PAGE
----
70-year-old woman drives cross-country in a bookstore on wheels.
From May to October, you can find Rita Collins, 70, in the front seat of a white Sprinter van, driving across America. While stopping in small towns and cities around the U.S., Collins relishes in the wonder that comes across people’s faces when they realize this van is not like any other.
“You look at it, and it’s a van. But I say, way too many times, 'You need to go in.' People go inside and say, ‘It’s a bookstore!” Collins said, laughing. “Of course it’s a bookstore! But it’s such a surprise. It doesn’t look like that from the outside.”
Like most traditional bookstores, St. Rita’s Traveling Bookstore and Textual Apothecary has floor-to-ceiling shelves organized by genre, overhead lighting and a carpet on the floor. The main difference, of course, is that it’s on wheels. The bookstores’ 600 volumes are set at a 15 degree angle to keep them from falling as Collins drives from state to state — so far, she’s been to 30, and has traveled cross-country three times.
“I can’t imagine a better way of spending time than the traveling bookstore,” Collins said. “It’s so special. But for some reason, there are so few.”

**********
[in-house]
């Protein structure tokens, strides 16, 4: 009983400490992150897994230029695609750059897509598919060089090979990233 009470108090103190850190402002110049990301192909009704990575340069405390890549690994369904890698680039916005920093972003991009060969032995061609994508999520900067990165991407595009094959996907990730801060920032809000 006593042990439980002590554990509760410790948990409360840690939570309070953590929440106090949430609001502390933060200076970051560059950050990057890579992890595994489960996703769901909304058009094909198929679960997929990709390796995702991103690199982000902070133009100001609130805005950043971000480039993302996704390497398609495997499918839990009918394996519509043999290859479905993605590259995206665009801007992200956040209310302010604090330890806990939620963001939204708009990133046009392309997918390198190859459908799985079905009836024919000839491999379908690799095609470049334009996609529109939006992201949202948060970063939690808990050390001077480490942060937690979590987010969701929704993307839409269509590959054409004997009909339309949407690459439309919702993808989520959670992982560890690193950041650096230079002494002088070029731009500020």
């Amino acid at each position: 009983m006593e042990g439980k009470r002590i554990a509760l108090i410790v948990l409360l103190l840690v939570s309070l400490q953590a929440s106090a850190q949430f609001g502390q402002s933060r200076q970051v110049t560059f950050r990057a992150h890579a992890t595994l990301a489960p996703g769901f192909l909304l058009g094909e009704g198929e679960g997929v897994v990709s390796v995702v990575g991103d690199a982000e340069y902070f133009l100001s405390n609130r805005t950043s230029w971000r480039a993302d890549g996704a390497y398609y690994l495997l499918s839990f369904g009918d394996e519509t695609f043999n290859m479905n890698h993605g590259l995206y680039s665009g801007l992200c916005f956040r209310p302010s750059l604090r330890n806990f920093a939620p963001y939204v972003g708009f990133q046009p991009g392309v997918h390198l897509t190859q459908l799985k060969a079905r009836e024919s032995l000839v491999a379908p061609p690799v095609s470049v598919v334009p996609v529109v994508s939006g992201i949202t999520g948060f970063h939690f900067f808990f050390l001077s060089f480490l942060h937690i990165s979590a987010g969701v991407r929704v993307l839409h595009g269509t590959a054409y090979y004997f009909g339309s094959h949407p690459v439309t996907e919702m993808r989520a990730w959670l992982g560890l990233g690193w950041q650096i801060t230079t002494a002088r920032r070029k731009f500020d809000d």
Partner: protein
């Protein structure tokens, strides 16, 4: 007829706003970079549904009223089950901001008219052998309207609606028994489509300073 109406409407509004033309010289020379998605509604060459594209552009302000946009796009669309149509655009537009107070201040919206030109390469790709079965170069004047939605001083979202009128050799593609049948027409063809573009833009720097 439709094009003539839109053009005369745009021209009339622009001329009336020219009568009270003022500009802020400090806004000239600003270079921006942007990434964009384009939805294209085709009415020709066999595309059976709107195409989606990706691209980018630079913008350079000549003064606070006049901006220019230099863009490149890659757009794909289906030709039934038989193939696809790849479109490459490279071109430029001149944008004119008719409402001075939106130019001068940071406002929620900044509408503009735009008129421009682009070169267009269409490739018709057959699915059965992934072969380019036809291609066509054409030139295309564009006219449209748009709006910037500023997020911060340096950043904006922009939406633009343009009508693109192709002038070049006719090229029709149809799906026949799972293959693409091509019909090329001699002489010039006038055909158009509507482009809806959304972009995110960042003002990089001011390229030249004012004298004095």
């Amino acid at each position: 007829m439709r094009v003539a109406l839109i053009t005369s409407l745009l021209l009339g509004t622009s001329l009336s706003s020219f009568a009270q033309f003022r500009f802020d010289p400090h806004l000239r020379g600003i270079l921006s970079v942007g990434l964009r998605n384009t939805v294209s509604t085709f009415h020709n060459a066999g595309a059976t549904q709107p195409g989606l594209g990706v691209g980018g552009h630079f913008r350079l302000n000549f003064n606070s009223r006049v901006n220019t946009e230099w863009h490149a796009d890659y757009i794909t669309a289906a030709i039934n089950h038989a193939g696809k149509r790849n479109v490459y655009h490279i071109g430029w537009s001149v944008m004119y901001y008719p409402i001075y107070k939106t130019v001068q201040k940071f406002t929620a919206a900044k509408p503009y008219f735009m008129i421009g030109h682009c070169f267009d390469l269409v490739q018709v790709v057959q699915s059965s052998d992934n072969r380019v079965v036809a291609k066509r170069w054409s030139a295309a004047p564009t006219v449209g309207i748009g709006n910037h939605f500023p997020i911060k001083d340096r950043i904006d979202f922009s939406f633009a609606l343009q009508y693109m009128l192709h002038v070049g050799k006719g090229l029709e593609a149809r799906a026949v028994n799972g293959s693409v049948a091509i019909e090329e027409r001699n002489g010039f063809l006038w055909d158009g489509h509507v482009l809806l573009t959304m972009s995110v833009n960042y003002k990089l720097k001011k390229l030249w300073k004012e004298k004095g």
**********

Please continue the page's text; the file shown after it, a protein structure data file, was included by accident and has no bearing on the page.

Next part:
The bookstore was named after St. Rita, the patron saint of impossible causes. When Collins first came up with the idea, it really did seem impossible.
In 2015, while anticipating retiring from her job as a teacher, Collins dreamed of making a bookstore her next chapter. “Don’t all people who love books want to open up a bookstore?” she mused. There were not enough people in the small town where she lived, so a traveling bookstore became the best option.
She worked with an architect friend to set up shelves — and to this day, she said, she’s “never lost” a book while driving. Then, she hired a graphic designer to create the logo for the bookstore’s name, partially inspired by traveling medicine vans, only books were doing the healing.
“He said, “People don’t like long names.’ I said, ‘I don’t care. This is what we’re going with,’” she said.
It worked. “It really does feel fortuitous, how things unfolded,” Collins said.